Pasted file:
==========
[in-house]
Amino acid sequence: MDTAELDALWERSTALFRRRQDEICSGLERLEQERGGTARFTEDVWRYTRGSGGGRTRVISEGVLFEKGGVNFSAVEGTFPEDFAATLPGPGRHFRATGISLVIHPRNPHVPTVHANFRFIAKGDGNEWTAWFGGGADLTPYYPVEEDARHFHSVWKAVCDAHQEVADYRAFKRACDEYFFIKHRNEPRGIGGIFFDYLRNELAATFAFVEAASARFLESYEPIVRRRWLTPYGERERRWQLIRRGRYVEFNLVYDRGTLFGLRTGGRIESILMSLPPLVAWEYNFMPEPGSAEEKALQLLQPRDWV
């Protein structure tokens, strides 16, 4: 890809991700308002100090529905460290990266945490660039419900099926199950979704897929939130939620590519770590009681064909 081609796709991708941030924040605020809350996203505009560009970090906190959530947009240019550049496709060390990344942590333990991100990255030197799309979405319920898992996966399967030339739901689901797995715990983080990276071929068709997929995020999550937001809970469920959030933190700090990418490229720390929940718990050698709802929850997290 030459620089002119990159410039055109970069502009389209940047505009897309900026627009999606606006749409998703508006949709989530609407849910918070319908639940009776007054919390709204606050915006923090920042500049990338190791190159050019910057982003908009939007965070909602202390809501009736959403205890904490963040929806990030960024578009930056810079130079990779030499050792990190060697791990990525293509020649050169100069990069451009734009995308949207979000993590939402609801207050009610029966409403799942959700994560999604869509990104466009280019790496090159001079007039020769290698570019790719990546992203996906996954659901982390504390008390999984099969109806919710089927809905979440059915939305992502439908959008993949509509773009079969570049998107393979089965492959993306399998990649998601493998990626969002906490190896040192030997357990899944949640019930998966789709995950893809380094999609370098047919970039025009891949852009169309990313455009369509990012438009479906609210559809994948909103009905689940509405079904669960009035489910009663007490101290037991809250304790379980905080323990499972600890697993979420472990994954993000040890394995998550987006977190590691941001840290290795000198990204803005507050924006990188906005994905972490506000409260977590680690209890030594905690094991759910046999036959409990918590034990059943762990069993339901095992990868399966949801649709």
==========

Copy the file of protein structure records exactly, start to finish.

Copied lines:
[in-house]
Amino acid sequence: MDTAELDALWERSTALFRRRQDEICSGLERLEQERGGTARFTEDVWRYTRGSGGGRTRVISEGVLFEKGGVNFSAVEGTFPEDFAATLPGPGRHFRATGISLVIHPRNPHVPTVHANFRFIAKGDGNEWTAWFGGGADLTPYYPVEEDARHFHSVWKAVCDAHQEVADYRAFKRACDEYFFIKHRNEPRGIGGIFFDYLRNELAATFAFVEAASARFLESYEPIVRRRWLTPYGERERRWQLIRRGRYVEFNLVYDRGTLFGLRTGGRIESILMSLPPLVAWEYNFMPEPGSAEEKALQLLQPRDWV
């Protein structure tokens, strides 16, 4: 890809991700308002100090529905460290990266945490660039419900099926199950979704897929939130939620590519770590009681064909 081609796709991708941030924040605020809350996203505009560009970090906190959530947009240019550049496709060390990344942590333990991100990255030197799309979405319920898992996966399967030339739901689901797995715990983080990276071929068709997929995020999550937001809970469920959030933190700090990418490229720390929940718990050698709802929850997290 030459620089002119990159410039055109970069502009389209940047505009897309900026627009999606606006749409998703508006949709989530609407849910918070319908639940009776007054919390709204606050915006923090920042500049990338190791190159050019910057982003908009939007965070909602202390809501009736959403205890904490963040929806990030960024578009930056810079130079990779030499050792990190060697791990990525293509020649050169100069990069451009734009995308949207979000993590939402609801207050009610029966409403799942959700994560999604869509990104466009280019790496090159001079007039020769290698570019790719990546992203996906996954659901982390504390008390999984099969109806919710089927809905979440059915939305992502439908959008993949509509773009079969570049998107393979089965492959993306399998990649998601493998990626969002906490190896040192030997357990899944949640019930998966789709995950893809380094999609370098047919970039025009891949852009169309990313455009369509990012438009479906609210559809994948909103009905689940509405079904669960009035489910009663007490101290037991809250304790379980905080323990499972600890697993979420472990994954993000040890394995998550987006977190590691941001840290290795000198990204803005507050924006990188906005994905972490506000409260977590680690209890030594905690094991759910046999036959409990918590034990059943762990069993339901095992990868399966949801649709």